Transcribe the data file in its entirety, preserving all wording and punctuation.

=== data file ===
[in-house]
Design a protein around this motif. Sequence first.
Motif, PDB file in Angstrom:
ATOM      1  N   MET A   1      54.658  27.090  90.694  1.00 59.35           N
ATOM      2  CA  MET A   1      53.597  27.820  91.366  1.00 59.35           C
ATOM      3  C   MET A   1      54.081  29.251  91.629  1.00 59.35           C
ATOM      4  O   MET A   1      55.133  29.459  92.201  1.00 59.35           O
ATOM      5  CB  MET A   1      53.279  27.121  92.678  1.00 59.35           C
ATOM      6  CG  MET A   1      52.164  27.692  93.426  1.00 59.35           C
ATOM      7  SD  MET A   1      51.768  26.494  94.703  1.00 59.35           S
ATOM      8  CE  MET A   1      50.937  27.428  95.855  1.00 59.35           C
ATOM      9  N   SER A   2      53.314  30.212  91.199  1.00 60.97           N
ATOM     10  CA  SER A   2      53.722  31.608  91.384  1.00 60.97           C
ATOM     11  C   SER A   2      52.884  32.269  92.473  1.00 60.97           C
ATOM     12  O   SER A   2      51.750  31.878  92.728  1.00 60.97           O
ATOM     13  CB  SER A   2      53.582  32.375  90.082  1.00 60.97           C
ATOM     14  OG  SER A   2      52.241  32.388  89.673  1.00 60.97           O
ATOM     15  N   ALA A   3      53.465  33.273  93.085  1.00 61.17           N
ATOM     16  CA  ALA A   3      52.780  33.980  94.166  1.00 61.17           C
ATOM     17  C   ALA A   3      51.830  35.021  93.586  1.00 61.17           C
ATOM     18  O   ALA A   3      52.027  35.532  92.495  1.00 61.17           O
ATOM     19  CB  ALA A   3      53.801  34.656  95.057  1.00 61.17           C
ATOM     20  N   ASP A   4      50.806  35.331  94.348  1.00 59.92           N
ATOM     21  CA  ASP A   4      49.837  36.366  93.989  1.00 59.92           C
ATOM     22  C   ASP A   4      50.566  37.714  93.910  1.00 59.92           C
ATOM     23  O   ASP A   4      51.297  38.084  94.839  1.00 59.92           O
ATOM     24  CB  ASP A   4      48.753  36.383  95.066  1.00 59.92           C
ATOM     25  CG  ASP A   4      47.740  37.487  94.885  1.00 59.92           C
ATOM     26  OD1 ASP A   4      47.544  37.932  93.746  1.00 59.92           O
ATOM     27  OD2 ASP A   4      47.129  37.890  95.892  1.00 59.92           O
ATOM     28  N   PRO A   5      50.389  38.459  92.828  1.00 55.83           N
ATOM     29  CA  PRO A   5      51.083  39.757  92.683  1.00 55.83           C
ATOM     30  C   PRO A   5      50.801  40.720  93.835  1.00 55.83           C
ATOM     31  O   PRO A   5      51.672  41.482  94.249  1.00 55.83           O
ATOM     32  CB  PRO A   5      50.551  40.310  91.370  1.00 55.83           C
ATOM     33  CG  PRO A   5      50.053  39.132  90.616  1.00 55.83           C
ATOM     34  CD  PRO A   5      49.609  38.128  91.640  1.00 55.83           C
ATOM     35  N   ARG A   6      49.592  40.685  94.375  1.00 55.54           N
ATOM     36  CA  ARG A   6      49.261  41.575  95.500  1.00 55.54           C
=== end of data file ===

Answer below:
[in-house]
Design a protein around this motif. Sequence first.
Motif, PDB file in Angstrom:
ATOM      1  N   MET A   1      54.658  27.090  90.694  1.00 59.35           N
ATOM      2  CA  MET A   1      53.597  27.820  91.366  1.00 59.35           C
ATOM      3  C   MET A   1      54.081  29.251  91.629  1.00 59.35           C
ATOM      4  O   MET A   1      55.133  29.459  92.201  1.00 59.35           O
ATOM      5  CB  MET A   1      53.279  27.121  92.678  1.00 59.35           C
ATOM      6  CG  MET A   1      52.164  27.692  93.426  1.00 59.35           C
ATOM      7  SD  MET A   1      51.768  26.494  94.703  1.00 59.35           S
ATOM      8  CE  MET A   1      50.937  27.428  95.855  1.00 59.35           C
ATOM      9  N   SER A   2      53.314  30.212  91.199  1.00 60.97           N
ATOM     10  CA  SER A   2      53.722  31.608  91.384  1.00 60.97           C
ATOM     11  C   SER A   2      52.884  32.269  92.473  1.00 60.97           C
ATOM     12  O   SER A   2      51.750  31.878  92.728  1.00 60.97           O
ATOM     13  CB  SER A   2      53.582  32.375  90.082  1.00 60.97           C
ATOM     14  OG  SER A   2      52.241  32.388  89.673  1.00 60.97           O
ATOM     15  N   ALA A   3      53.465  33.273  93.085  1.00 61.17           N
ATOM     16  CA  ALA A   3      52.780  33.980  94.166  1.00 61.17           C
ATOM     17  C   ALA A   3      51.830  35.021  93.586  1.00 61.17           C
ATOM     18  O   ALA A   3      52.027  35.532  92.495  1.00 61.17           O
ATOM     19  CB  ALA A   3      53.801  34.656  95.057  1.00 61.17           C
ATOM     20  N   ASP A   4      50.806  35.331  94.348  1.00 59.92           N
ATOM     21  CA  ASP A   4      49.837  36.366  93.989  1.00 59.92           C
ATOM     22  C   ASP A   4      50.566  37.714  93.910  1.00 59.92           C
ATOM     23  O   ASP A   4      51.297  38.084  94.839  1.00 59.92           O
ATOM     24  CB  ASP A   4      48.753  36.383  95.066  1.00 59.92           C
ATOM     25  CG  ASP A   4      47.740  37.487  94.885  1.00 59.92           C
ATOM     26  OD1 ASP A   4      47.544  37.932  93.746  1.00 59.92           O
ATOM     27  OD2 ASP A   4      47.129  37.890  95.892  1.00 59.92           O
ATOM     28  N   PRO A   5      50.389  38.459  92.828  1.00 55.83           N
ATOM     29  CA  PRO A   5      51.083  39.757  92.683  1.00 55.83           C
ATOM     30  C   PRO A   5      50.801  40.720  93.835  1.00 55.83           C
ATOM     31  O   PRO A   5      51.672  41.482  94.249  1.00 55.83           O
ATOM     32  CB  PRO A   5      50.551  40.310  91.370  1.00 55.83           C
ATOM     33  CG  PRO A   5      50.053  39.132  90.616  1.00 55.83           C
ATOM     34  CD  PRO A   5      49.609  38.128  91.640  1.00 55.83           C
ATOM     35  N   ARG A   6      49.592  40.685  94.375  1.00 55.54           N
ATOM     36  CA  ARG A   6      49.261  41.575  95.500  1.00 55.54           C